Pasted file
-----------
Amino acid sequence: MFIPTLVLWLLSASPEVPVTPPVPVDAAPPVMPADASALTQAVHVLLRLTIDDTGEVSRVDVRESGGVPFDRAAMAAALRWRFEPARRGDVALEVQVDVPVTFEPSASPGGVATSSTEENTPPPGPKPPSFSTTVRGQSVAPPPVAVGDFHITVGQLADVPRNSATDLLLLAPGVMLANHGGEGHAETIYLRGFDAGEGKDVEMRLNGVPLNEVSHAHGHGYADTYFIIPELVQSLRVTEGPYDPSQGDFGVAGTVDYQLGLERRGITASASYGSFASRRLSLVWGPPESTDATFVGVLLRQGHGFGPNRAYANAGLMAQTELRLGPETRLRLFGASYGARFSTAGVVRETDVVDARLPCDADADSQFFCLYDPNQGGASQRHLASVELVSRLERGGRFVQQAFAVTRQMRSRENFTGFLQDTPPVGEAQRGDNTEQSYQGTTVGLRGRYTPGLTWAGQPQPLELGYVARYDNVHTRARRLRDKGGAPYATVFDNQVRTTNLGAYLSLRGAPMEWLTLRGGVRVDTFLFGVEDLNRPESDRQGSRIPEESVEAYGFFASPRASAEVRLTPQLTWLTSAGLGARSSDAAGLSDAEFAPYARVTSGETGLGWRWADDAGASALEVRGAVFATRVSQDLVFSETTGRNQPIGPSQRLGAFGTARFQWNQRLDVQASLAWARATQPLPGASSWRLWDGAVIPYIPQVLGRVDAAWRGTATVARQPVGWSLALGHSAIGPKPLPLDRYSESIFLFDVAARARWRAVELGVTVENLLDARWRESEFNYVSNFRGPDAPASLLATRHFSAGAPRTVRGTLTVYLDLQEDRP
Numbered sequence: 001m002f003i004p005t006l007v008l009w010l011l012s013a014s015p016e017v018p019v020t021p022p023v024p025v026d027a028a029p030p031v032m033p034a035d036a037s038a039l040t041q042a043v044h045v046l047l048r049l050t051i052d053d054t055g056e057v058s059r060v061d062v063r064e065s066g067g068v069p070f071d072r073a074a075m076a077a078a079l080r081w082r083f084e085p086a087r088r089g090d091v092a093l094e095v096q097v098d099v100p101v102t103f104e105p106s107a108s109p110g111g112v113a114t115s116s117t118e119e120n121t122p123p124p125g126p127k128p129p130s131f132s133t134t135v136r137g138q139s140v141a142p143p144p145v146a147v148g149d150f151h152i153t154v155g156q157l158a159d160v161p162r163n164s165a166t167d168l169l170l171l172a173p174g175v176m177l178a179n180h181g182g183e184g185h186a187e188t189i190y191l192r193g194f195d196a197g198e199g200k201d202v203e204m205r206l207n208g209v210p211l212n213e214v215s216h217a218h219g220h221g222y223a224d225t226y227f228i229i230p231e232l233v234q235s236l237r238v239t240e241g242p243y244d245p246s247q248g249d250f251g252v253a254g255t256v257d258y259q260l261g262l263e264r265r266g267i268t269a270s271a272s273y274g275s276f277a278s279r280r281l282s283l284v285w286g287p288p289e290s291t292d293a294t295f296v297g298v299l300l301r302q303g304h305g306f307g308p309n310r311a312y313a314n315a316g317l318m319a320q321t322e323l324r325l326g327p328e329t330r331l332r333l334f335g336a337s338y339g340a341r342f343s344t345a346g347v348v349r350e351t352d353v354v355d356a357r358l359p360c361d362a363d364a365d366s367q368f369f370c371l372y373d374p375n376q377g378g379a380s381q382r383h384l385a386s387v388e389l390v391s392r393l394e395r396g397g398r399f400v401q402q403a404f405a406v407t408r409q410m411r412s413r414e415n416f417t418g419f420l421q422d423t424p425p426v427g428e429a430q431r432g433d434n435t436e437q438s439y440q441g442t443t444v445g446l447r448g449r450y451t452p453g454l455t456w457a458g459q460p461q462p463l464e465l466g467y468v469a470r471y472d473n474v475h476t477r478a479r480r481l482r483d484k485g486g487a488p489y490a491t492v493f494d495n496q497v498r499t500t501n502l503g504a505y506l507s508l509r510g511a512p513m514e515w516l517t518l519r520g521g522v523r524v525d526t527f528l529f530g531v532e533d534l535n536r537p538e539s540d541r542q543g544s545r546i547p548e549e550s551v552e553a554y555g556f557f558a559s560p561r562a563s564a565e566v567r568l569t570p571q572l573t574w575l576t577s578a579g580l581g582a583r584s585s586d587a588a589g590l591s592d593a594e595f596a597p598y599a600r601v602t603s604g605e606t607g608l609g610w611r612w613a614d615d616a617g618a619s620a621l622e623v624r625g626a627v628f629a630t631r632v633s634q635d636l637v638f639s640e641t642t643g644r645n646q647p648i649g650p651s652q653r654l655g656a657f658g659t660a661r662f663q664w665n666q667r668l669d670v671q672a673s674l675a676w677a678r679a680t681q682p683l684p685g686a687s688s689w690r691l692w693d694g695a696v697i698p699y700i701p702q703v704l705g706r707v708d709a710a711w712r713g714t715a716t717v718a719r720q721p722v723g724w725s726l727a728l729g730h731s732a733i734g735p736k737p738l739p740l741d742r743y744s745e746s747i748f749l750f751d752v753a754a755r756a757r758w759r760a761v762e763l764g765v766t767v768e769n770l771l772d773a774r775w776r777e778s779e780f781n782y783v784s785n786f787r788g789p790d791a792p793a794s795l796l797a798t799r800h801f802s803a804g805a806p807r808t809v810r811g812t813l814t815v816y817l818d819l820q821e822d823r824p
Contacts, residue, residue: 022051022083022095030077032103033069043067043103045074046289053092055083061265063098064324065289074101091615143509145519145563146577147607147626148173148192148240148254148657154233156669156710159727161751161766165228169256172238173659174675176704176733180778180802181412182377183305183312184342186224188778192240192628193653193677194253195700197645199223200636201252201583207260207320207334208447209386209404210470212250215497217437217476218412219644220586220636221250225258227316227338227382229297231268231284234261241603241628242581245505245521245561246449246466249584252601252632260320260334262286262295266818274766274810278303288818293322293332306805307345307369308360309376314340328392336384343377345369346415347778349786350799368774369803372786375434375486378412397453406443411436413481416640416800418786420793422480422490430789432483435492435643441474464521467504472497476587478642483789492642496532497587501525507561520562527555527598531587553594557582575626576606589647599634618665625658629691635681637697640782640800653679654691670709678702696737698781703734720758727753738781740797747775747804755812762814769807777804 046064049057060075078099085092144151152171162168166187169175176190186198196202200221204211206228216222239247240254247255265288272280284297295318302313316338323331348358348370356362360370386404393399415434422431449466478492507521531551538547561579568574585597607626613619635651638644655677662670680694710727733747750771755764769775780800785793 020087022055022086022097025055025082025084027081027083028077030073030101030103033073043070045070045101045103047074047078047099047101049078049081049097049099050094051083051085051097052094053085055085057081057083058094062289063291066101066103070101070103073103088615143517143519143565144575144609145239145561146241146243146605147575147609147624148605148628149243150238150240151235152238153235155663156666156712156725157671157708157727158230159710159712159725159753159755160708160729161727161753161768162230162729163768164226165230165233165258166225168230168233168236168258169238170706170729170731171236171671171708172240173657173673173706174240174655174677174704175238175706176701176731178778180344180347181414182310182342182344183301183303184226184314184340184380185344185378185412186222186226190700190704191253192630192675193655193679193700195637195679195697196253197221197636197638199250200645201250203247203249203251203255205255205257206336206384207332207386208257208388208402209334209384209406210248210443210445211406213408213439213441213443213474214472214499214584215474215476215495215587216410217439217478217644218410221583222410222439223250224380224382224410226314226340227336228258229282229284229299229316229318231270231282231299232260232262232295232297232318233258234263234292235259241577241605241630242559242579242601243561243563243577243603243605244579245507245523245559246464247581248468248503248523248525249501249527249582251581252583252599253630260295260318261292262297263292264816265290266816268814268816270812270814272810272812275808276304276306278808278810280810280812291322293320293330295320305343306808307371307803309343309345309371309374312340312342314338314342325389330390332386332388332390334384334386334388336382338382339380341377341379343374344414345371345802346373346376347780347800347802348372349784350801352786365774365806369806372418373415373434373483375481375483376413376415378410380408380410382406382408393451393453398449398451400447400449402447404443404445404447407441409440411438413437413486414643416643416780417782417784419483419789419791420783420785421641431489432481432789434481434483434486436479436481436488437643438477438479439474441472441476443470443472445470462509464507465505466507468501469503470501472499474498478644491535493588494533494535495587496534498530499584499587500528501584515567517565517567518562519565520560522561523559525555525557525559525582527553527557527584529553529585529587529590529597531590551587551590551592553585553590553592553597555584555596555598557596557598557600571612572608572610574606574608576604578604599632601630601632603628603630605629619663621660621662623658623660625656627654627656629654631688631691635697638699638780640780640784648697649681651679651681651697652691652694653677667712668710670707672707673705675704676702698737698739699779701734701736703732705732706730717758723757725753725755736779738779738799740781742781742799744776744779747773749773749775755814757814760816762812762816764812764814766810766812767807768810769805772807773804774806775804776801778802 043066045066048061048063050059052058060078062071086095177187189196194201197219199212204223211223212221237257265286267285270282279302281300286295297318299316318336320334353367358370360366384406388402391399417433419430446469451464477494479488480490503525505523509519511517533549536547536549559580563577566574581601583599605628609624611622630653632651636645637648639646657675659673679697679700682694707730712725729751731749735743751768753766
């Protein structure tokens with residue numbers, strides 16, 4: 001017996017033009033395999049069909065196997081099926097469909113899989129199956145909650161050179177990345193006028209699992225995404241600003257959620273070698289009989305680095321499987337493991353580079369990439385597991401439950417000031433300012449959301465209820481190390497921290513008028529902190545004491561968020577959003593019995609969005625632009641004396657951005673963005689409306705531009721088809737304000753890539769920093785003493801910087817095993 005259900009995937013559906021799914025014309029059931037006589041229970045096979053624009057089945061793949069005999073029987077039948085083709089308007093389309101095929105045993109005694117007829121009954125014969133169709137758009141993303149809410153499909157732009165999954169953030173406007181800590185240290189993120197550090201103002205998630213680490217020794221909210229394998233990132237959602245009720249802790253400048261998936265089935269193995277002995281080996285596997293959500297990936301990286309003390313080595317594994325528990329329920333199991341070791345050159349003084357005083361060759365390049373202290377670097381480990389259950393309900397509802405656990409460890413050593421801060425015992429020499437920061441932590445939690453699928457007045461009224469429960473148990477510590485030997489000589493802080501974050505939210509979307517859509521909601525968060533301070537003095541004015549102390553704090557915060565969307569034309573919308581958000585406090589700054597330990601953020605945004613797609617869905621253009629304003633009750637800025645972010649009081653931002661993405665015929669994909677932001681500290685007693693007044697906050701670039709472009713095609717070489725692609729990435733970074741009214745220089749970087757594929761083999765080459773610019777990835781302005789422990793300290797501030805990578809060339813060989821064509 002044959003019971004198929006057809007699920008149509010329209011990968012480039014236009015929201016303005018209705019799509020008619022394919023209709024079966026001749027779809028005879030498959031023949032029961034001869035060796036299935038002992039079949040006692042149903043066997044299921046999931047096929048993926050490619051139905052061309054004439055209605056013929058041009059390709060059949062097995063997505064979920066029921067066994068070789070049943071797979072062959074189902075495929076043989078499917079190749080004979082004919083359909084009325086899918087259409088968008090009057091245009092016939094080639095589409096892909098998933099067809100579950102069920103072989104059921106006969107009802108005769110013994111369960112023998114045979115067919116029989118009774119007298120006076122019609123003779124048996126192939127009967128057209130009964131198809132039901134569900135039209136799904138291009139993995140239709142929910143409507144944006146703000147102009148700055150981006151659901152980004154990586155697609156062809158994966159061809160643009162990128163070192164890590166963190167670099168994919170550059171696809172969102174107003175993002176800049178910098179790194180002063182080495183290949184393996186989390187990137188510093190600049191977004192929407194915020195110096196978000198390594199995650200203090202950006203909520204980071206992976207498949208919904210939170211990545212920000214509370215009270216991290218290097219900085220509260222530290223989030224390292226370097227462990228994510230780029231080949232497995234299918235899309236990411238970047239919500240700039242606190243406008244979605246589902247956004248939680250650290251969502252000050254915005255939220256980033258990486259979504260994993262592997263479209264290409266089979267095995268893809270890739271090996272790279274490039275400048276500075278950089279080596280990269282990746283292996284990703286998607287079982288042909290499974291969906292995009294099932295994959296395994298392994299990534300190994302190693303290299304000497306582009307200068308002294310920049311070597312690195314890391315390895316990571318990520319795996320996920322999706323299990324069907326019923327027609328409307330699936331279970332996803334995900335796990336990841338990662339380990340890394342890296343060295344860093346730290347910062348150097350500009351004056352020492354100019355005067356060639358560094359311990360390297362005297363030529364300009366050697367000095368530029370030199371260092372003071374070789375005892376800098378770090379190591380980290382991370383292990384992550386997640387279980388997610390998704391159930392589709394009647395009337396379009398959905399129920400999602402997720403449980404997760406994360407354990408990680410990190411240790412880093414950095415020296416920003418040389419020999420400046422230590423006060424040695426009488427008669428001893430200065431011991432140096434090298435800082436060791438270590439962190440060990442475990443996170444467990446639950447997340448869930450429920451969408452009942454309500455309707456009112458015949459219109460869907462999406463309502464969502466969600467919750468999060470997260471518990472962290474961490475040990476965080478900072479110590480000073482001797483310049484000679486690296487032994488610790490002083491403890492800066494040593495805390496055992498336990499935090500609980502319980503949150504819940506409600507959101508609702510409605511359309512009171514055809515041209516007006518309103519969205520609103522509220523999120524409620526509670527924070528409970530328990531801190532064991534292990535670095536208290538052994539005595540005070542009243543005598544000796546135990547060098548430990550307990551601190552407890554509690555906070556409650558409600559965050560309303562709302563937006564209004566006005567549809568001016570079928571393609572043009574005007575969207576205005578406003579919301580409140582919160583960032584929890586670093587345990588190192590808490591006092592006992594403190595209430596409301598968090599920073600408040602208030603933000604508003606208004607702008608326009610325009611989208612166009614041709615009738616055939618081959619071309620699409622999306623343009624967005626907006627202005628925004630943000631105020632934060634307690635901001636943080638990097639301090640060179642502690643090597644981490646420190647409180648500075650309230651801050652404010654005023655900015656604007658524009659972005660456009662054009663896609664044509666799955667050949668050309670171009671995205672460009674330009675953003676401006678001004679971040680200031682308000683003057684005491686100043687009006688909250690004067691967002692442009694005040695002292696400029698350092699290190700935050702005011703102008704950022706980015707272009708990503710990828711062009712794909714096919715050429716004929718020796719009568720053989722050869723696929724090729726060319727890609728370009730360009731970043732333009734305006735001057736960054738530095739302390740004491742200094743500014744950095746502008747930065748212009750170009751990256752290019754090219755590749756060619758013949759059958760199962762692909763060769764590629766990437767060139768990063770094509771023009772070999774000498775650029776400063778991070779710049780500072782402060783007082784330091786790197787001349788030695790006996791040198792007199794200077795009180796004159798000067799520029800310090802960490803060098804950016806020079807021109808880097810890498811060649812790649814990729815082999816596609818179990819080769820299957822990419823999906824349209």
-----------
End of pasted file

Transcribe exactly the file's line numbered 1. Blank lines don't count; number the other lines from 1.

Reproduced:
Amino acid sequence: MFIPTLVLWLLSASPEVPVTPPVPVDAAPPVMPADASALTQAVHVLLRLTIDDTGEVSRVDVRESGGVPFDRAAMAAALRWRFEPARRGDVALEVQVDVPVTFEPSASPGGVATSSTEENTPPPGPKPPSFSTTVRGQSVAPPPVAVGDFHITVGQLADVPRNSATDLLLLAPGVMLANHGGEGHAETIYLRGFDAGEGKDVEMRLNGVPLNEVSHAHGHGYADTYFIIPELVQSLRVTEGPYDPSQGDFGVAGTVDYQLGLERRGITASASYGSFASRRLSLVWGPPESTDATFVGVLLRQGHGFGPNRAYANAGLMAQTELRLGPETRLRLFGASYGARFSTAGVVRETDVVDARLPCDADADSQFFCLYDPNQGGASQRHLASVELVSRLERGGRFVQQAFAVTRQMRSRENFTGFLQDTPPVGEAQRGDNTEQSYQGTTVGLRGRYTPGLTWAGQPQPLELGYVARYDNVHTRARRLRDKGGAPYATVFDNQVRTTNLGAYLSLRGAPMEWLTLRGGVRVDTFLFGVEDLNRPESDRQGSRIPEESVEAYGFFASPRASAEVRLTPQLTWLTSAGLGARSSDAAGLSDAEFAPYARVTSGETGLGWRWADDAGASALEVRGAVFATRVSQDLVFSETTGRNQPIGPSQRLGAFGTARFQWNQRLDVQASLAWARATQPLPGASSWRLWDGAVIPYIPQVLGRVDAAWRGTATVARQPVGWSLALGHSAIGPKPLPLDRYSESIFLFDVAARARWRAVELGVTVENLLDARWRESEFNYVSNFRGPDAPASLLATRHFSAGAPRTVRGTLTVYLDLQEDRP